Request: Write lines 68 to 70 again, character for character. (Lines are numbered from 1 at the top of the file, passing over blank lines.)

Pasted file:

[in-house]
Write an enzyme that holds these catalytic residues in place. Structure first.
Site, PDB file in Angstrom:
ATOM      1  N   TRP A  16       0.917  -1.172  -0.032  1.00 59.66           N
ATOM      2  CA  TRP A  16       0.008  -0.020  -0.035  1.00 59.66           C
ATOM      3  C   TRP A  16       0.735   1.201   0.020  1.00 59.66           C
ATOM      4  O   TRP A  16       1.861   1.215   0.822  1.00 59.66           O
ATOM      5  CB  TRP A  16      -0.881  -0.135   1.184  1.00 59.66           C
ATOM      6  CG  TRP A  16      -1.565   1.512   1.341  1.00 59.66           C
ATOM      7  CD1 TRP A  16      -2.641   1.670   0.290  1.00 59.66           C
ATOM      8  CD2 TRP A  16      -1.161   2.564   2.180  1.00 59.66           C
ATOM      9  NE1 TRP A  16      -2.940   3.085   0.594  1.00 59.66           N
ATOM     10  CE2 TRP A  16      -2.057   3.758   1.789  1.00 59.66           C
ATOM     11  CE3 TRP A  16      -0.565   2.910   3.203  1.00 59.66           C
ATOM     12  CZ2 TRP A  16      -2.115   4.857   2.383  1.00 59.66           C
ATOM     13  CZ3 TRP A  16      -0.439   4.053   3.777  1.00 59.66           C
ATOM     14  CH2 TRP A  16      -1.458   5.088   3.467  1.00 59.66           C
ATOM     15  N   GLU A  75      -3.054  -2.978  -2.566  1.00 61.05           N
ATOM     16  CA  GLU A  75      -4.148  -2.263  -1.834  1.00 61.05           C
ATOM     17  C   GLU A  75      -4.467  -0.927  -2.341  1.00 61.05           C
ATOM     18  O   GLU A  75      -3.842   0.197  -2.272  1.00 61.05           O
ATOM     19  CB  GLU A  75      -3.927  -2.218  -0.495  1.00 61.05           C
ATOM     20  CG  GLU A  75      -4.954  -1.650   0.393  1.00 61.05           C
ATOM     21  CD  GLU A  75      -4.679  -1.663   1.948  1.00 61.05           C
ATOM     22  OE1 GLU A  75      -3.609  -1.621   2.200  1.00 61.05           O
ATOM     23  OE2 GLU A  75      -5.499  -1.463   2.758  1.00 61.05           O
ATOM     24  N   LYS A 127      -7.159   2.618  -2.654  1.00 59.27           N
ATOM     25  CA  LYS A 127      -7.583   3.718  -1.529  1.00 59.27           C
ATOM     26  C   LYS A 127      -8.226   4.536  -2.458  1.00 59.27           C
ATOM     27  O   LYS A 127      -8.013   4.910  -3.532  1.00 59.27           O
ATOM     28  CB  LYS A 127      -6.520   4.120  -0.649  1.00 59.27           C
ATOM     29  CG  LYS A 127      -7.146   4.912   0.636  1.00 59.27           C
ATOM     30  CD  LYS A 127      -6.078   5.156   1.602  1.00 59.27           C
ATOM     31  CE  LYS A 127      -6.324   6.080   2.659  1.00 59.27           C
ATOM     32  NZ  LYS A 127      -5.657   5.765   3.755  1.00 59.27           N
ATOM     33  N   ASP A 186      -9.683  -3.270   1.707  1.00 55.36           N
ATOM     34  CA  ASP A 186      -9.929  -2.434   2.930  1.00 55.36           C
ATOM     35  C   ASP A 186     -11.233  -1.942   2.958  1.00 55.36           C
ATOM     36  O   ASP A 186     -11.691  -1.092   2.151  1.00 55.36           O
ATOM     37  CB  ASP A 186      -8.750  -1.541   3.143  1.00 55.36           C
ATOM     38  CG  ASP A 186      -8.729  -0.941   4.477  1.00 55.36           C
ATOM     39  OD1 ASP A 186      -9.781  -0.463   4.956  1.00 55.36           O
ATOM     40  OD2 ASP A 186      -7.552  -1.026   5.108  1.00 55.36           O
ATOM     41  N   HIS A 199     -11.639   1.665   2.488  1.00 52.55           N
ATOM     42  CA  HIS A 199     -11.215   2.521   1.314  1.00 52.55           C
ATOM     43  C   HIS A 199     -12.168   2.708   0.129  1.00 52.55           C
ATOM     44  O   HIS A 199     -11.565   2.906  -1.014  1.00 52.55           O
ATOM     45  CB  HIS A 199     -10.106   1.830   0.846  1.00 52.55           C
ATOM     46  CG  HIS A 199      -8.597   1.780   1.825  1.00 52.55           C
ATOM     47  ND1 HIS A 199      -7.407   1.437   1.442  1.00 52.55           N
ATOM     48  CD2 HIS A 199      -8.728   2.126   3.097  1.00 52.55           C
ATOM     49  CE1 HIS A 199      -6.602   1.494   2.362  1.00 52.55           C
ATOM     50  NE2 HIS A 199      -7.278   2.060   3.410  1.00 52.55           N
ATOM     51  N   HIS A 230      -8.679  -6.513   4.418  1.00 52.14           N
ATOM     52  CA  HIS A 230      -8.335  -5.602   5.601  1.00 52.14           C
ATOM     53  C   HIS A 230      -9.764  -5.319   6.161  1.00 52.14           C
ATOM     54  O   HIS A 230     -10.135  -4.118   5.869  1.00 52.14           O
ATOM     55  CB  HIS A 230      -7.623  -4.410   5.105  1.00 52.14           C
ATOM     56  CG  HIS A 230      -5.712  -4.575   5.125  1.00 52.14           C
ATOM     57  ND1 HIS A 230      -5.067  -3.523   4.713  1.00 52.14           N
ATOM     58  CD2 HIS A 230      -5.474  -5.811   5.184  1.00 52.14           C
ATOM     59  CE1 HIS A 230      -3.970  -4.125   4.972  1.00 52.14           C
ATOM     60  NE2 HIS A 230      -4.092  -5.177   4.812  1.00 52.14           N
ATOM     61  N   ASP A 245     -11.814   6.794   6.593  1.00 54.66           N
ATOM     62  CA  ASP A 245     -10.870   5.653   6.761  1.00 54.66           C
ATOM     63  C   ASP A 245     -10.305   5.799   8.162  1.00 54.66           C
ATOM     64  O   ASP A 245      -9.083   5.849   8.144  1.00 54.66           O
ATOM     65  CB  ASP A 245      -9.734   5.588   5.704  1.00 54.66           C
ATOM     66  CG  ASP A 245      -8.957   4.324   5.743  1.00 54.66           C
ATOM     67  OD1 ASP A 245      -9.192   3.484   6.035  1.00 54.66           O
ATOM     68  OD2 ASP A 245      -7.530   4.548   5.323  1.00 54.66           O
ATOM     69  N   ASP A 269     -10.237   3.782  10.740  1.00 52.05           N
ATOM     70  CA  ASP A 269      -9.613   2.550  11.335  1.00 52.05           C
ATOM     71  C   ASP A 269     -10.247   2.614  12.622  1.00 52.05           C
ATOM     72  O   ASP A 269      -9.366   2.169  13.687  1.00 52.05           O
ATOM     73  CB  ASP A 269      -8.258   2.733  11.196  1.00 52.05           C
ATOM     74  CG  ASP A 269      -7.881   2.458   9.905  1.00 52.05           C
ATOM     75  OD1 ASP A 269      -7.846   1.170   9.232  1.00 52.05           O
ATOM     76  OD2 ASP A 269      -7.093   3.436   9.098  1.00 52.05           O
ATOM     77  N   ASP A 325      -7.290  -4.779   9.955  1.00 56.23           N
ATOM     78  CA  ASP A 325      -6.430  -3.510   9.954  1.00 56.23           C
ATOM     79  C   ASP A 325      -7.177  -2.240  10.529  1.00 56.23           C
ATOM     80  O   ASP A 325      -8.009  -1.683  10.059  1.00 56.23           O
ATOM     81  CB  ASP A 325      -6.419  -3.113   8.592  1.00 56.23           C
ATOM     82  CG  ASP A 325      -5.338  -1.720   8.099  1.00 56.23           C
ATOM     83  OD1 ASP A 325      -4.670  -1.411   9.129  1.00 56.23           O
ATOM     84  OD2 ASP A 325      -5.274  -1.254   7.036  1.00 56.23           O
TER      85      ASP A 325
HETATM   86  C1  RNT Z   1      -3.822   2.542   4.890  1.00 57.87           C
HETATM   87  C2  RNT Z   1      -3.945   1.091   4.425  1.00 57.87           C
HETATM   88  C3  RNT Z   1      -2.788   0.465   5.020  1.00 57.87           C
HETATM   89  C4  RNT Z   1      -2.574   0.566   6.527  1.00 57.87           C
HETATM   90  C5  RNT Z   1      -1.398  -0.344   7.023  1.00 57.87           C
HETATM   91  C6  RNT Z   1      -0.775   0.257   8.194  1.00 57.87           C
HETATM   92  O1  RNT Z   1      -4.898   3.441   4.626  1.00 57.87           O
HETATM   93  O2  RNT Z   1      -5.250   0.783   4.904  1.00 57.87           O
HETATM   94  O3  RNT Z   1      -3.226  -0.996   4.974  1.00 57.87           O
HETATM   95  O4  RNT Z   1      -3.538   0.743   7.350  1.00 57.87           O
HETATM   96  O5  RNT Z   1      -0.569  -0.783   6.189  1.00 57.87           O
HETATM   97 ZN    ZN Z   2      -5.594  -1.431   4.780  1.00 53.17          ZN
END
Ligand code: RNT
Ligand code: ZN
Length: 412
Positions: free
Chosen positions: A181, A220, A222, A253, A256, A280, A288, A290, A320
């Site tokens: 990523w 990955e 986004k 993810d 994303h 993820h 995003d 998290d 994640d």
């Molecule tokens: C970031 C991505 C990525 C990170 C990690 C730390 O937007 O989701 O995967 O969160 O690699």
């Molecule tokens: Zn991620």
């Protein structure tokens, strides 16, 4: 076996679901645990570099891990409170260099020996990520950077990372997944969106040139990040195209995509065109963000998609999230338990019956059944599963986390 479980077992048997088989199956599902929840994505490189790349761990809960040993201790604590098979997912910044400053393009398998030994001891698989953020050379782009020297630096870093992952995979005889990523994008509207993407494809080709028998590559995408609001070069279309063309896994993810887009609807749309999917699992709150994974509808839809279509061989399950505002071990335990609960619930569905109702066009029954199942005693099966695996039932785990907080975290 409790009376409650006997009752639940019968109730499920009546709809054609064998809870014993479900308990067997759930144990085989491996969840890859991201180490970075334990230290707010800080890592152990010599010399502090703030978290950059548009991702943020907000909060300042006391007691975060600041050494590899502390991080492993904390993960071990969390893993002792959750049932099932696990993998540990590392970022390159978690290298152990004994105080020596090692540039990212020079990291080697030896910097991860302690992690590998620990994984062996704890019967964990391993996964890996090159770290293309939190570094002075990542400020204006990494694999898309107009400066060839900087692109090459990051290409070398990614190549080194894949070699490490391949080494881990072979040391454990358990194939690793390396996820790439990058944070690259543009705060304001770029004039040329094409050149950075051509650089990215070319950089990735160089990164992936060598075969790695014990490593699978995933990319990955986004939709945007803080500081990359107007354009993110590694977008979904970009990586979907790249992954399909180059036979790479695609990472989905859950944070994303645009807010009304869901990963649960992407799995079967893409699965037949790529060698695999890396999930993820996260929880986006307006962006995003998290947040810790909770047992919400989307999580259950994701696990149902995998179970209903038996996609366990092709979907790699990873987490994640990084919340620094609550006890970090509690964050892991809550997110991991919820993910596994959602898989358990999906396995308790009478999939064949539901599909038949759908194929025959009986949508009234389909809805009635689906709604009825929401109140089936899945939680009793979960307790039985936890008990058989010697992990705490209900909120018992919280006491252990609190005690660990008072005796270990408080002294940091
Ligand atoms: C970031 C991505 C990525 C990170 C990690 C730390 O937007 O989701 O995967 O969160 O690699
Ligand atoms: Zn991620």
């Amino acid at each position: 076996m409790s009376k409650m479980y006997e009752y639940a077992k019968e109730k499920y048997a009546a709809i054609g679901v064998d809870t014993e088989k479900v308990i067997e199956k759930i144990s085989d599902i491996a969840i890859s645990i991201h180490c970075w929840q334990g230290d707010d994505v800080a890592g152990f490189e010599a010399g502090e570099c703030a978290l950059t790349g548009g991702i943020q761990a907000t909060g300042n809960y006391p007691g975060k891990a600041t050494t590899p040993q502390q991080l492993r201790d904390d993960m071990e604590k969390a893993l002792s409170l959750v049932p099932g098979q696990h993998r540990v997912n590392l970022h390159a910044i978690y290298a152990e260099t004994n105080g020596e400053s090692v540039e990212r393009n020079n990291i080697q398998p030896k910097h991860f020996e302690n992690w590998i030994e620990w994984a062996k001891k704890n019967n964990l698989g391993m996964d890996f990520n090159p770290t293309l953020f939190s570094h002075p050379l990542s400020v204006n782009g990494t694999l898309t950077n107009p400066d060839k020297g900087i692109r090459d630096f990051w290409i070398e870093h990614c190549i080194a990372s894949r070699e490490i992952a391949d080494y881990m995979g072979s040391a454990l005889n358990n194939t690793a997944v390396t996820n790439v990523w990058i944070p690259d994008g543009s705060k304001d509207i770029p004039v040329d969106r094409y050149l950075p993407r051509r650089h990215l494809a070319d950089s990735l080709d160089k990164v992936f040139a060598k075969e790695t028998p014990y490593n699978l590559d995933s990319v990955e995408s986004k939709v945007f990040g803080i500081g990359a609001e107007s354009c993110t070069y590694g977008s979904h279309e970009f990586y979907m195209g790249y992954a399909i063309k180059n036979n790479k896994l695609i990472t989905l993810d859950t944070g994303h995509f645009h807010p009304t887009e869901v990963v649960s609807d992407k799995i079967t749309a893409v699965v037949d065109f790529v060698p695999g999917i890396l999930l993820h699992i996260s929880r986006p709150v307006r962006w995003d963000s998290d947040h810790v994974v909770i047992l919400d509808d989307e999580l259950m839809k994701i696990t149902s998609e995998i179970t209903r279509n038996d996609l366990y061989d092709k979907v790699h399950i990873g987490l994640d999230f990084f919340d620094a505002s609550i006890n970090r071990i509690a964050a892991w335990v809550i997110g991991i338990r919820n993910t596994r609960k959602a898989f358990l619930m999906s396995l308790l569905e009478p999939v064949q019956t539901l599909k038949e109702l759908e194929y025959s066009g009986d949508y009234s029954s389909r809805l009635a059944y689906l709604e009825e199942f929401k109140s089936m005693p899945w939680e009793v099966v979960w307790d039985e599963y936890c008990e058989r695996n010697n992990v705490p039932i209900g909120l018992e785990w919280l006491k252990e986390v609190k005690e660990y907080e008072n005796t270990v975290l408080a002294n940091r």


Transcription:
ATOM     65  CB  ASP A 245      -9.734   5.588   5.704  1.00 54.66           C
ATOM     66  CG  ASP A 245      -8.957   4.324   5.743  1.00 54.66           C
ATOM     67  OD1 ASP A 245      -9.192   3.484   6.035  1.00 54.66           O